As for extingishment. There must be a source of water of sufficient VOLUME to suppress the number of BTU's. Agreed? When speaking of a R&C fire, most residental rooms have a fireload of 5lbs per/sqft. Each pound of ORDINARY conbustibles gives off 7,000-10,000 BTU's. Add plastics & synthetic & it can double. Each gallon of water absorbs about 9,275 BTU's when heated from 70 degrees to turning to steam. This is right out of Norman
    Stay with me!
    Theroy is 1 gallon will provide sufficient cooling to put out 5lbs of fuel at an average R&C fire. So in that case you are right 1-2 R&C fires, 1 3/4in good call! Tests performed by the NFPA & Factor Mutual have said that flows of 10gpm for each 100sqft of fire is sufficient to control light fireloads. So again you are right in saying a 1 3/4in could handle multipe R&C fires. Problem is this is not a R&C fire or a bunch of R&C fires like I said at the start.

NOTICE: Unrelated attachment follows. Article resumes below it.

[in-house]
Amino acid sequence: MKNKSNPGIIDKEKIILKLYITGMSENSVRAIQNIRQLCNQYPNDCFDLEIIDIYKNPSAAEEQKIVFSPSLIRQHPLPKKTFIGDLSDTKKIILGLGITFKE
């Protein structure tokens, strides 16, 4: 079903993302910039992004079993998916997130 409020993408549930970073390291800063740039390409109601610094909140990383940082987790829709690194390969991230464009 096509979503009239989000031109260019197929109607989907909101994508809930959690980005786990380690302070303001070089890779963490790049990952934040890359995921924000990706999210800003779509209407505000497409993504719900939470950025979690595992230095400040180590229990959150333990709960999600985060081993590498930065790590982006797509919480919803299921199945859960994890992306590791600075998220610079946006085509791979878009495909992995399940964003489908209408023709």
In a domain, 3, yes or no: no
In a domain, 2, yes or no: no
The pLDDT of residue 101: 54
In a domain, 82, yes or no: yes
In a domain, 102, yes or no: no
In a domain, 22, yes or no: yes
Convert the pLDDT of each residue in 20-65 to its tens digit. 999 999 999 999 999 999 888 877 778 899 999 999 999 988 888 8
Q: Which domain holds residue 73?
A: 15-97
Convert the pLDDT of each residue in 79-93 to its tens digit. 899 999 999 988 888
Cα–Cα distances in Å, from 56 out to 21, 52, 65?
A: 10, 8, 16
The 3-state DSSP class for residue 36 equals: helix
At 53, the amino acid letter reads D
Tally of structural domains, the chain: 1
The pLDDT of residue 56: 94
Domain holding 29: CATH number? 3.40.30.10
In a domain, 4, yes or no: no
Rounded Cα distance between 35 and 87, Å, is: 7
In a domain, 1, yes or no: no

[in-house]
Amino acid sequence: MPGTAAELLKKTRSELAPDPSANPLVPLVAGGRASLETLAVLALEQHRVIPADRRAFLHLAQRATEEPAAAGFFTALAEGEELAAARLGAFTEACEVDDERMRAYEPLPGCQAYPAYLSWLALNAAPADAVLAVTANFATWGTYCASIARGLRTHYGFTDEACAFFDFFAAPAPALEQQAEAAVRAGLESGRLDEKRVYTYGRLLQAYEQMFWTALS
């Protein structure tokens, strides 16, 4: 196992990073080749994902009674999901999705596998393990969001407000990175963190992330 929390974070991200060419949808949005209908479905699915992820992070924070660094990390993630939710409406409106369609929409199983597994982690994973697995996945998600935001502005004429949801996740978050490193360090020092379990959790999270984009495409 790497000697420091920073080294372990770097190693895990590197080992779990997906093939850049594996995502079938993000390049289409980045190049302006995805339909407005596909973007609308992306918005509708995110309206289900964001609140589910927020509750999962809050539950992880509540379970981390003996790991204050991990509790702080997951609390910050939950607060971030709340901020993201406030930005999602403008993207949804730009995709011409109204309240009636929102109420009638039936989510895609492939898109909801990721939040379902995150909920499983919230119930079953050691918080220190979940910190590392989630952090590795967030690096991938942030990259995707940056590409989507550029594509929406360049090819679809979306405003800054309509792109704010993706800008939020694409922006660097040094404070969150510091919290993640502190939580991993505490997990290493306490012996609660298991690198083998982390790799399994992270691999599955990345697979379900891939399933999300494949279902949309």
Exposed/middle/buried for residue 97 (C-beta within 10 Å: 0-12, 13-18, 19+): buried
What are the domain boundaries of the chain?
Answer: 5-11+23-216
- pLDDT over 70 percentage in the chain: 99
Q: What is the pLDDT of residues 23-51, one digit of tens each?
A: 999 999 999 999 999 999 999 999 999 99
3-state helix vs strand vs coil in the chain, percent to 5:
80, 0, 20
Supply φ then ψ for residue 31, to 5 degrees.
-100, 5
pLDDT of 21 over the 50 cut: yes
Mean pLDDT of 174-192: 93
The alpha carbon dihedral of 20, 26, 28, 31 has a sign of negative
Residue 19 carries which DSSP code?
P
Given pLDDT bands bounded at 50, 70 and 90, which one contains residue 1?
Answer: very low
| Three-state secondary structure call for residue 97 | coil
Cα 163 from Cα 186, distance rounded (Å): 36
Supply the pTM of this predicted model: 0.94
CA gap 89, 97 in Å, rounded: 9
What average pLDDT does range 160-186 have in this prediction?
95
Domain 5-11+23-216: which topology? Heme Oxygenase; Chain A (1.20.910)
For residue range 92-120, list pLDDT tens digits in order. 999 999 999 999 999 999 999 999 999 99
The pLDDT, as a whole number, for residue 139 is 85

Now I think this is a fully involved structure all of the content in the home is on fire and a good majority of the structural elements that make up the home seem to be burning. So in addition to the content burning you have to factor in the building elements now, which changes the fireload from light to heavy. 1000sqft x 10gpm as stated by the fire gods(NFPA) equals 10,000 gpm. This is just the structural elements not including the content. NFPA numbers don't lie. This building is lost, sorry, & if you use a 1 3/4in on this fire before protecting your exposures you may lose another house.
    As for flowing 325gpm out of a 1 3/4 in. I don't believe it. Tell me where I can find this information cause it's not possible in my firefighting book of hydralics.
    Well......errrr....or maybe just watch this.